>>>     *   o.a.c.m.geometry.hull
>>>     *   o.a.c.m.geometry.twod.hull
>>>     *   o.a.c.m.geometry.enclosing (this is the odd-ball in the
>>> group here so I could be convinced to put this elsewhere)
>>>  *   commons-geometry-spherical -- This would contain
>>>     *   o.a.c.m.geometry.spherical.oned
>>>     *   o.a.c.m.geometry.spherical.twod
>>> 
>>> Basically, core would contain the main geometry interfaces (eg,
>>> Point, Space, Vector) as well as all of the basic euclidean
>>> functionality. Most users would only ever need to pull in this
>>> module.
>>> The other modules would be for other spaces, such as spherical, and
>>> other special-purpose code that we have yet to develop.
>>> 
>>> Thoughts?
>> 
>> Could we have the following modules:
>> 
>>  * commons-geometry-core
>>  * commons-geometry-euclidean
>>  * commons-geometry-spherical
>> 
>> ?
>> 
>> Gilles
>> 
>>> Thanks,
>>> Matt Juntunen
>>> 
>>> 
>>> ________________________________________
>>> From: Gilles <gilles@xxxxxxxxxxxxxxxxxxxxx>
>>> Sent: Saturday, April 7, 2018 6:39 PM
>>> To: Matt Juntunen
>>> Subject: Re: Commons Geometry Project Structure
>>> 
>>> Hi Matt.
>>> 
>>> On Sat, 7 Apr 2018 16:01:32 +0000, Matt Juntunen wrote:
>>>> Hi Gilles,
>>>> 
>>>> Yes, I'm picturing a few possible issues with the current structure.
>>>> First, I think that splitting everything up into modules at this
>>>> point
>>>> will inhibit development. For example, each time we add a new
>>>> feature,
>>>> we'll need to worry about either creating a new module or making it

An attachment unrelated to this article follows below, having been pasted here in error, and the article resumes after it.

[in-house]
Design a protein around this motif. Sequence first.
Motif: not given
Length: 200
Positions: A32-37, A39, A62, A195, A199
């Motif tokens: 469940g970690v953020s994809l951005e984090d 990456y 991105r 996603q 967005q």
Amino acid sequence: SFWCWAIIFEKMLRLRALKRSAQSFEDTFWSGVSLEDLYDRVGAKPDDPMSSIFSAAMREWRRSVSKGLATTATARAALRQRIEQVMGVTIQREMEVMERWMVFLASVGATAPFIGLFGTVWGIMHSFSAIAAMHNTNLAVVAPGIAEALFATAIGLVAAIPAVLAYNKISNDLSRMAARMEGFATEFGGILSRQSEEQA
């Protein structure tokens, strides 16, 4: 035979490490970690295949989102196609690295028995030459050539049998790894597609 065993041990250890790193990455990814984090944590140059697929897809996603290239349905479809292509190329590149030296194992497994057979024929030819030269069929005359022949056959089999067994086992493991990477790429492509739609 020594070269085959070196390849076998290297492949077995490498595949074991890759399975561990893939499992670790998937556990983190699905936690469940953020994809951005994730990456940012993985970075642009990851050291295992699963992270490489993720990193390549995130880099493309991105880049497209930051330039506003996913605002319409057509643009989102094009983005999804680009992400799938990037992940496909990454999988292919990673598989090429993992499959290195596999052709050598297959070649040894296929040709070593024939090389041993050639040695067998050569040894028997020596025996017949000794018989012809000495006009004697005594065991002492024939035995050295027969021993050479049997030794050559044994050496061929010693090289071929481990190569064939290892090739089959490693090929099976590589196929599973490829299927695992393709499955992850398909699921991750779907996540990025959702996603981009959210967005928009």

>>>> fit into existing modules. For example, if we make a general utility
>>>> class that makes use of 1D, 2D, and 3D, we'd need to make a separate
>>>> module for it so that it can pull in all of the other dimension
>>>> modules.
>>> 
>>> Yes. No problem then?
>>> 
>>>> It wouldn't make sense to put it into 3D since it wouldn't
>>>> just be 3D. This is actually the case with the GeometryTestUtils
>>>> class
>>>> I wrote.
>>>> 
>>>> Also, the code may be able to be split up now but there's no
>>>> guarantee that features we want to add in the future won't introduce
>>>> circular dependencies and other issues.
>>> 
>>> I find it difficult to reason on hypotheticals.
>>> From a developer's POV, circular dependencies are best avoided.
>>> 
>>>> Second, having a single module for the current functionality will be
>>>> much more convenient for users. They would just need to pull in a
>>>> single dependency to have access to core functionality for all
>>>> standard dimensions. Plus, a single module makes it much easier to
>>>> discover the overall functionality of the project. This is actually
>>>> how I found out that commons-math had a BSP tree implementation: by
>>>> browsing the code from the source jar. Otherwise, I would have had
>>>> no
>>>> idea.
>>> 
>>> I've a bad experience here with "more convenient for users"
>>> arguments: "Commons Math" has remained monolithic primarily
>>> because of it, pulling back development in some packages
>>> because others needed (for some users) to maintain
>>> compatibility with older JVMs.
>>> 
>>>> Another practical point in my particular case is that I work on a
>>>> project where every 3rd-party artifact needs to be documented and
>>>> approved. Having a bunch of small artifacts makes this really
>>>> difficult.
>>> 
>>> But this is were Java is going (cf. modularization of the JDK
>>> itself in Java 9)!
>>> 
>>> Moreover, in the context of Apache and Commons, either one